The national office of the Anglican Church of Canada has reported a deficit for the fifth straight year in 2007, with a shortfall of $777,195; the amount is $290,768 more than the loss recorded in 2006 of $486,427.
The deficit would have been $1.97 million had General Synod not received a refund last year of $1.17 million from the federal government as part of the revised Indian Residential Schools Settlement Agreement, the financial statements showed. The statements reported revenue of $13.68 million, and expenses of $14.46 million.
General Synod treasurer Peter Blachford said there were a number of reasons for the deficit, but that the biggest cost was related to the transfer of Anglican Book Centre (ABC), the church’s Toronto-based bookstore, to the Lutheran bookseller, Augsburg Fortress Canada.
“We knew we would have to clean up before turning it over to Augsburg,” said Mr. Blachford in an interview.
“Although we wrote down $355,000 worth of obsolete ABC inventory, this did not represent any actual out-of-pocket expenditure.”
Other ABC-related costs included $291,000 in severance packages for employees who either lost their jobs because of the merger or who declined an offer to work for Augsburg Fortress. “A number of employee positions evaporated as a result and we had to give appropriate packages to long-term employees. We accrued all the costs for it and recorded it that year,” said Mr. Blachford.
“Augsburg and General Synod anticipated more store staff accepting offers to work for Augsburg but individuals decided not to; only one stayed. We had packages to pay.” An additional $25,000 was spent for outplacement counselling services for departing employees.
Also, $81,000 (based on average sales) was lost when the bookstore was shut down for six weeks during the transition, inventory counting, and computer training, said Mr. Blachford.
He added that in accordance with its distribution agreements with ABC, diocesan bookrooms and other book retailers were allowed to return unsold merchandise once the deal with Augsburg Fortress was announced.This amounted to $51,656.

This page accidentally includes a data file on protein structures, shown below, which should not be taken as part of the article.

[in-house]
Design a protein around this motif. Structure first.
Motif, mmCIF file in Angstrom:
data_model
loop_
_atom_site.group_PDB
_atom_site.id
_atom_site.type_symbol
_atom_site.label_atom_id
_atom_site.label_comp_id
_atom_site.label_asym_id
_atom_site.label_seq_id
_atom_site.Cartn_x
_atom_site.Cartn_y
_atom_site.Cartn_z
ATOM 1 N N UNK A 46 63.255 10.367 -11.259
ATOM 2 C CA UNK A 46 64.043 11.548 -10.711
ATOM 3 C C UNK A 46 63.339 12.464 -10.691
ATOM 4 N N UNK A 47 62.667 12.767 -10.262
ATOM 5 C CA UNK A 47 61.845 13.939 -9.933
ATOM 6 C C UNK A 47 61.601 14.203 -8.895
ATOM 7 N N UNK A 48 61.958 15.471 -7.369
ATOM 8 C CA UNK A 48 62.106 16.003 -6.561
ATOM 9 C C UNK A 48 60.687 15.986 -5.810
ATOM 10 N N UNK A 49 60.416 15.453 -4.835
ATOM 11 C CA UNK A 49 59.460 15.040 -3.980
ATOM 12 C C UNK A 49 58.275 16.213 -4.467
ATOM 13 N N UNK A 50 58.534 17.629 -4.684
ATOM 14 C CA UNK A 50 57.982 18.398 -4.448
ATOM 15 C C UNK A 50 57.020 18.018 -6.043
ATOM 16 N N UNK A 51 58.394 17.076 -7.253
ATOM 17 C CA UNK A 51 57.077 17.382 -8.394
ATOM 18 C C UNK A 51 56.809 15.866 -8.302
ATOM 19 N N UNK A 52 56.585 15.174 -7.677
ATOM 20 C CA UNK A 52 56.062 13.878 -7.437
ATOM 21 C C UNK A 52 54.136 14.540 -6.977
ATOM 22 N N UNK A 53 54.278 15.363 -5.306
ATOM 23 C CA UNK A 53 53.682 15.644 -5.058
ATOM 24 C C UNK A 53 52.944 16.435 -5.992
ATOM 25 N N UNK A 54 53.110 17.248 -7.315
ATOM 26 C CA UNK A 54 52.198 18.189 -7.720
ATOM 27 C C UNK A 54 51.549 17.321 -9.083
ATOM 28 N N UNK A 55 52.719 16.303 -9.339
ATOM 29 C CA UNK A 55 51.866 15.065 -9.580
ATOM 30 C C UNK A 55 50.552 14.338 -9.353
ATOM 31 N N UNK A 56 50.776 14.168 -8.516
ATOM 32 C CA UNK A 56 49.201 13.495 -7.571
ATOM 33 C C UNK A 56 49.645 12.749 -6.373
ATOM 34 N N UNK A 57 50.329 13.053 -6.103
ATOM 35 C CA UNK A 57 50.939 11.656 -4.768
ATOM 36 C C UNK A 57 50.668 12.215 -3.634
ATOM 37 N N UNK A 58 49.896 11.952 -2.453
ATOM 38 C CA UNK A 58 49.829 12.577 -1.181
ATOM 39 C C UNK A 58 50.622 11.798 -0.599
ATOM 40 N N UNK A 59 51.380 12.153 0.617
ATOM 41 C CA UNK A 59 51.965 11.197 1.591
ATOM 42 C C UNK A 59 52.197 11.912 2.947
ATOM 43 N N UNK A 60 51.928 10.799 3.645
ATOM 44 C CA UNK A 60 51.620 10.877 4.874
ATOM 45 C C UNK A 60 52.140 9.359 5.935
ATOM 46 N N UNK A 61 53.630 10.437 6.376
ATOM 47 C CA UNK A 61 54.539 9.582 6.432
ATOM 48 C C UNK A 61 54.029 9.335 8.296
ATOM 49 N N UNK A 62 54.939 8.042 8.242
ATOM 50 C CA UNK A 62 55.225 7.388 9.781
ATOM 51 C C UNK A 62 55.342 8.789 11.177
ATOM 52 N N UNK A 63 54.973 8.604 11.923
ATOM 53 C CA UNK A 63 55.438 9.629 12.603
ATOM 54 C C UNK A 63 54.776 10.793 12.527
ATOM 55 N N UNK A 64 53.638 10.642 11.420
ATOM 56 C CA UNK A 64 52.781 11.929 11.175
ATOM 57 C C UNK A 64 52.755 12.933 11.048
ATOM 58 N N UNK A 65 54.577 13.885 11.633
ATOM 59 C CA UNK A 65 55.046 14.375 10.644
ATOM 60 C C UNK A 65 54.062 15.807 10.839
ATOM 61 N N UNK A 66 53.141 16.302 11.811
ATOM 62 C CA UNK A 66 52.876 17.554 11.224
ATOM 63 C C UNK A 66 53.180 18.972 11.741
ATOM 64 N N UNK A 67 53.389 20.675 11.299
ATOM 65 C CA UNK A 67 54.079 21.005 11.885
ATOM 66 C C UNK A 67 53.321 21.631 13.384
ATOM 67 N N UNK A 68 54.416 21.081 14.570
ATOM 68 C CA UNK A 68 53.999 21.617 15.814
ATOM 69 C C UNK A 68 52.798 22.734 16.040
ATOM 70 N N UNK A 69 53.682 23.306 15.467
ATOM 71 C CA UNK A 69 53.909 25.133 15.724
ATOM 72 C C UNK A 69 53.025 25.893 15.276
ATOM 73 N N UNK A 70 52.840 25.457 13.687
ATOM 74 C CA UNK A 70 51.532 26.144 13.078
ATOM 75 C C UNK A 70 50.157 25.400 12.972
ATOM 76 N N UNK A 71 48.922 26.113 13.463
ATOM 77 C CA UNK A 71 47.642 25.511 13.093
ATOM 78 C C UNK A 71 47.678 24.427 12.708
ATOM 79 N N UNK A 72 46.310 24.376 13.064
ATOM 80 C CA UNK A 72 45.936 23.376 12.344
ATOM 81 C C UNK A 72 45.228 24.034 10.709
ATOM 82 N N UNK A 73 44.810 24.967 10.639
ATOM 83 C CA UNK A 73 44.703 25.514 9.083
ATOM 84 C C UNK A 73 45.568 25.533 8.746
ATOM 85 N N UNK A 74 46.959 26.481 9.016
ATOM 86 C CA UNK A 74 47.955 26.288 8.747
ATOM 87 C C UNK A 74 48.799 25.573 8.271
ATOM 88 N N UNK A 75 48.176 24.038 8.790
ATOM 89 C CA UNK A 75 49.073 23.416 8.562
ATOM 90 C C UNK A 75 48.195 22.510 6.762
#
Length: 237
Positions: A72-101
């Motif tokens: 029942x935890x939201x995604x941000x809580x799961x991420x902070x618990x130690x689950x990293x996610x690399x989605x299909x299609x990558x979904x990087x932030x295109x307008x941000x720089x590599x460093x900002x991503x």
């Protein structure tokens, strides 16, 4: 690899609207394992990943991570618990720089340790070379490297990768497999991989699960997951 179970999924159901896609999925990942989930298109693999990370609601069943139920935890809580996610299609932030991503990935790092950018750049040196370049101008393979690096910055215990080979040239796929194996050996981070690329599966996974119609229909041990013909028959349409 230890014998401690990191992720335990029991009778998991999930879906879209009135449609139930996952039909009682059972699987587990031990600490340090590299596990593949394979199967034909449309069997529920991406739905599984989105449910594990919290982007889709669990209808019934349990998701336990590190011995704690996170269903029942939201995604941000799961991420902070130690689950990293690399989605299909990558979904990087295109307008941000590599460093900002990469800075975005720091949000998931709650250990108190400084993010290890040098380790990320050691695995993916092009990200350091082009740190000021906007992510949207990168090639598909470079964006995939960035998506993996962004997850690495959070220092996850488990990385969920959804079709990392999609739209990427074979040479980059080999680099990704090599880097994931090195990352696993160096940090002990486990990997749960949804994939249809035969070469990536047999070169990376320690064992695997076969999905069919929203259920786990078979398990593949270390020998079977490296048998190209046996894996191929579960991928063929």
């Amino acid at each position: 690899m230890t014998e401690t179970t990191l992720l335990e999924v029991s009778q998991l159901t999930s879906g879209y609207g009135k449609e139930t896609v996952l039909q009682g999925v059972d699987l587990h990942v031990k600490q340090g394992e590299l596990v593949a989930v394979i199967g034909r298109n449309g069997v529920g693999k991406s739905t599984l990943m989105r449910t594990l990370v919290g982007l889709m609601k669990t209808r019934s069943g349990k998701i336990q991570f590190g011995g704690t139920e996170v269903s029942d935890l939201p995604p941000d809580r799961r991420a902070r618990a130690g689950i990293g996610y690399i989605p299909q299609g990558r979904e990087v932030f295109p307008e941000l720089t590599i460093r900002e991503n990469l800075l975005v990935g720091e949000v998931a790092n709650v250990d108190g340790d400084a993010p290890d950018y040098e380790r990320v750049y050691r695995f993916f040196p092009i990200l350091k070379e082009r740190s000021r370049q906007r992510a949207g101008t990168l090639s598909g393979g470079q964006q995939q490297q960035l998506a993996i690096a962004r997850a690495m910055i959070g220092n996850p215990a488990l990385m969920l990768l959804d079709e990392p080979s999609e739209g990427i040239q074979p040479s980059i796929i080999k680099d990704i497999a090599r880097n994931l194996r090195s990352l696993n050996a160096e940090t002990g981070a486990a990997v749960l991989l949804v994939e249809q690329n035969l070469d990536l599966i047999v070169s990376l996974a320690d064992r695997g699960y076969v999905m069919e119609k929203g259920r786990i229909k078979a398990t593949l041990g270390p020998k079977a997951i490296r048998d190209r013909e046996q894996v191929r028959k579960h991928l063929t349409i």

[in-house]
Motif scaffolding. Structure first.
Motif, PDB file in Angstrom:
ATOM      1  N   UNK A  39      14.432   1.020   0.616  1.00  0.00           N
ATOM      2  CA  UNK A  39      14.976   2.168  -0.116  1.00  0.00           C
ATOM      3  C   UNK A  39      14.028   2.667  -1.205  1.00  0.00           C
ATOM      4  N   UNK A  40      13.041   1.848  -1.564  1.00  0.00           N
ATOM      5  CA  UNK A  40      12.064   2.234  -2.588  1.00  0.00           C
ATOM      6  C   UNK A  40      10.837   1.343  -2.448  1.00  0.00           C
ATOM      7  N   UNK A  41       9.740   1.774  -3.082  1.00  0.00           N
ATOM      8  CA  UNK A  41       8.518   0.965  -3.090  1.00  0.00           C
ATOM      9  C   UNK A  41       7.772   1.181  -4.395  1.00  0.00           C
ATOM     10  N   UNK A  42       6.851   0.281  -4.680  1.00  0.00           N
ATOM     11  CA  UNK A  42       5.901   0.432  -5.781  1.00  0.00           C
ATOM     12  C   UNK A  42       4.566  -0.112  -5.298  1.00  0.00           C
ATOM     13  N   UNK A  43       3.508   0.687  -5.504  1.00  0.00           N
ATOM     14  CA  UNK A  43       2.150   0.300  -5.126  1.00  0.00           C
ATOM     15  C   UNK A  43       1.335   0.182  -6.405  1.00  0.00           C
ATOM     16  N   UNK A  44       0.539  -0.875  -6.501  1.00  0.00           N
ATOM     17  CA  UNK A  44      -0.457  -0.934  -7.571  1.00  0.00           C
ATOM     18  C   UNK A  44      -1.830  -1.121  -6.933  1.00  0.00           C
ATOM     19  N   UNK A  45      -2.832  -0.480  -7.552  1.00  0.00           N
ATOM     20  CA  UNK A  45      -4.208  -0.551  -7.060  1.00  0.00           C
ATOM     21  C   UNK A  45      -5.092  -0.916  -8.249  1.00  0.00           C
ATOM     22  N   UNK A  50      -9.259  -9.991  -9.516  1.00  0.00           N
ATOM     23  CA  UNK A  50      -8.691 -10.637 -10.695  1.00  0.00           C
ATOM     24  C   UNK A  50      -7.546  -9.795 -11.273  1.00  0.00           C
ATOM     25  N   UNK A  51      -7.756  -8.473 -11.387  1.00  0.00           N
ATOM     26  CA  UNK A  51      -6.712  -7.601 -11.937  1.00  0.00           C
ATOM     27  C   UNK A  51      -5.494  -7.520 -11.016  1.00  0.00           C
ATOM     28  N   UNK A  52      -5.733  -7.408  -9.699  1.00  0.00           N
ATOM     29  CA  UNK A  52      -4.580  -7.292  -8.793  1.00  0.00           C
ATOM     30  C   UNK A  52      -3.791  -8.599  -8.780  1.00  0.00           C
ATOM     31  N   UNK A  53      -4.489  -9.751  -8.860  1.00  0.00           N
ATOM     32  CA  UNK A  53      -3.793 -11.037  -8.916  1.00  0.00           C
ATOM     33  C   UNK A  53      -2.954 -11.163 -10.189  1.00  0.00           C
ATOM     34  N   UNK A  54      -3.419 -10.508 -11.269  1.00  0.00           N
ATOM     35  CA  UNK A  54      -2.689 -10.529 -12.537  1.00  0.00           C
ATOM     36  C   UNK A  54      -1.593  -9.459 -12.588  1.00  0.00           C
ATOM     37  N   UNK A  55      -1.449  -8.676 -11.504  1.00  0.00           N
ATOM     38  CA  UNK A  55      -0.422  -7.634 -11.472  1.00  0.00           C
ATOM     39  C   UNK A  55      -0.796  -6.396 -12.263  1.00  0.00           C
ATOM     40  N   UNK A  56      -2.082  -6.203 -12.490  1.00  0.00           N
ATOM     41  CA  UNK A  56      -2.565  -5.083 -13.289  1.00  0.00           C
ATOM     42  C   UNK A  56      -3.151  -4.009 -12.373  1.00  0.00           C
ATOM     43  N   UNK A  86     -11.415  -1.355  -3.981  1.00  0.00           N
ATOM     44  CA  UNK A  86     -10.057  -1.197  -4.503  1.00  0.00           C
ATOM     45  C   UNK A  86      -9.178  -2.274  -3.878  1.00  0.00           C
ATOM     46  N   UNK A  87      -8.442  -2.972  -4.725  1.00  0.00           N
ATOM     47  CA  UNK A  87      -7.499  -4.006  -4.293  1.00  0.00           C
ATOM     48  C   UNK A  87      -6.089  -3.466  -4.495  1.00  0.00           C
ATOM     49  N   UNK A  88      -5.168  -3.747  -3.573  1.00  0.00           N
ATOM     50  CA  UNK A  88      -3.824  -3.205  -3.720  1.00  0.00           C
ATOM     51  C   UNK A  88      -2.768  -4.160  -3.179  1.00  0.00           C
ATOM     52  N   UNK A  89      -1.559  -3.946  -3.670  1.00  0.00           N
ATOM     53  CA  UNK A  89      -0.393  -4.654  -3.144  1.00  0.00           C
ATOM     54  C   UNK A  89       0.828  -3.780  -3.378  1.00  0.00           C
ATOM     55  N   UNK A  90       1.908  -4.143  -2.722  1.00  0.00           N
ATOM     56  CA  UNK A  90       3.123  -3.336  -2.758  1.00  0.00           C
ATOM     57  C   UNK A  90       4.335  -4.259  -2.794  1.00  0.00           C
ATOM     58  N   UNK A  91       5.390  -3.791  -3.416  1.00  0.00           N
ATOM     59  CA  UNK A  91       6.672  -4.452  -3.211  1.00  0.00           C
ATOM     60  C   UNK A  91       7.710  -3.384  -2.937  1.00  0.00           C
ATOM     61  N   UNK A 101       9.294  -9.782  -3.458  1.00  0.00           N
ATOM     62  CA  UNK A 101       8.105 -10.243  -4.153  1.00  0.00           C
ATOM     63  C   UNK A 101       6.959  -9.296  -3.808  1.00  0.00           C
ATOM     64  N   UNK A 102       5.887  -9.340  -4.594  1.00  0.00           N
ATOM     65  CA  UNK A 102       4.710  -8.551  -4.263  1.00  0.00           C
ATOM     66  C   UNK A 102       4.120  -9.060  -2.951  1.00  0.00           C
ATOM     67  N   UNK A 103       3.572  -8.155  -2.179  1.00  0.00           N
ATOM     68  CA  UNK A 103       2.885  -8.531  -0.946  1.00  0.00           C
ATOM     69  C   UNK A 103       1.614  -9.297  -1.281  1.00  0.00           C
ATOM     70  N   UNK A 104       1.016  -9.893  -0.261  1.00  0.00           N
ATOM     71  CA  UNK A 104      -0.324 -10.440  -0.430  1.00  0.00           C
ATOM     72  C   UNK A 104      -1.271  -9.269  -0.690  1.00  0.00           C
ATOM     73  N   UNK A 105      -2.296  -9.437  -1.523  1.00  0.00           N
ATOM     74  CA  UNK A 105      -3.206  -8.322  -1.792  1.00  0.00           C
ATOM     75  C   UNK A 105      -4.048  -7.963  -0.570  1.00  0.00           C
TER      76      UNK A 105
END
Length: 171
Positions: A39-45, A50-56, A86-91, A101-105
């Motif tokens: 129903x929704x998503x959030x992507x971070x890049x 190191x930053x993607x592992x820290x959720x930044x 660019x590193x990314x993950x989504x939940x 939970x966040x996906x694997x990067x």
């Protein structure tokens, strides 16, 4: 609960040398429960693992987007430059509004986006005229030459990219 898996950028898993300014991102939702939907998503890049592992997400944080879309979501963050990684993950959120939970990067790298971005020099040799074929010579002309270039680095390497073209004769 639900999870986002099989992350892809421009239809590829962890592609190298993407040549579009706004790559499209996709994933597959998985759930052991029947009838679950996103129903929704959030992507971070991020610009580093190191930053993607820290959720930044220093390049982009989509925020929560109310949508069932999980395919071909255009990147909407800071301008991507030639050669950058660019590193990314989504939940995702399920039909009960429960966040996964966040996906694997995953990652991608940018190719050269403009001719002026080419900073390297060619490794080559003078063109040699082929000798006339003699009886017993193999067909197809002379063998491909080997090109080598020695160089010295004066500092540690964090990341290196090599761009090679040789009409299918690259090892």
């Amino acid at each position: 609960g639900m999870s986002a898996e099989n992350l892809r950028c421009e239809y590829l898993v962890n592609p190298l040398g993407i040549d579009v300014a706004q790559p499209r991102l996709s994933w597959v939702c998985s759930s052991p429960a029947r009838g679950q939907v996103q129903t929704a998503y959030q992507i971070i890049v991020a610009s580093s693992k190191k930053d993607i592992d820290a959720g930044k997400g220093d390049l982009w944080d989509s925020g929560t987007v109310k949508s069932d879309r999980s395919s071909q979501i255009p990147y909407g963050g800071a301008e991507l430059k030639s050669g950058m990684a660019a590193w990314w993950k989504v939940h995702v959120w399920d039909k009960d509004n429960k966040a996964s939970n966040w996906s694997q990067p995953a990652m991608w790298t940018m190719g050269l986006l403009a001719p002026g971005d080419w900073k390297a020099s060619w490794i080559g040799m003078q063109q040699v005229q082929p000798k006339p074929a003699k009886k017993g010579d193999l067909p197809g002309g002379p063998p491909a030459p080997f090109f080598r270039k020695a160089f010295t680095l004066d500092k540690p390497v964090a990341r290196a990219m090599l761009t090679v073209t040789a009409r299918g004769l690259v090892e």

Augsburg assumed full control of ABC last June 2007 under an agreement that allowed it to operate the bookstore for a trial period of three years.
Under the renewable arrangement, General Synod will receive revenue from Augsburg for rent of the ABC storefront operation and the lease of the store’s name. The deal avoided the planned closure of the ABC storefront – which had been losing money in recent years – in favour of an Internet and telephone-based retail operation.
Mr. Blachford said a “tremendous amount” of inventory had to be written down because “we found things that had been there for 20 years.”
He added: “These were items that used to always sell, but times have changed and some stock stayed longer. Money is tighter so people are just buying what they need, not what would also be nice to have.”
Other factors that led to the deficit included increased travel costs, said Mr. Blachford, noting that 2007 was “a General Synod year,” with national office management and staff traveling from Toronto to attend the triennial meeting Winnipeg.
Although donations to the Anglican Appeal, the church’s flagship appeal, went up by 1.6 per cent ($438,344 compared to $425,881 in 2006) in 2007, it still fell short of its budgeted revenue target of $550,000, added Mr. Blachford. Proportional giving by some dioceses was also down.
“I’m calling it (2007) a transition year. It was a year of shifting into a new year with a new primate; it was a year to clean up the ABC,” said Mr. Blachford.
At its May meeting, Council of General Synod (CoGS) approved the 2007 financial statements of the General Synod, the Anglican Church of Canada Consolidated Trust Fund and the Anglican Church of Canada Resolution Corporation.
CoGS also agreed that approval of the General Synod’s annual financial statements “not be eligible for placement upon the ‘no-debate’ lists” at meetings.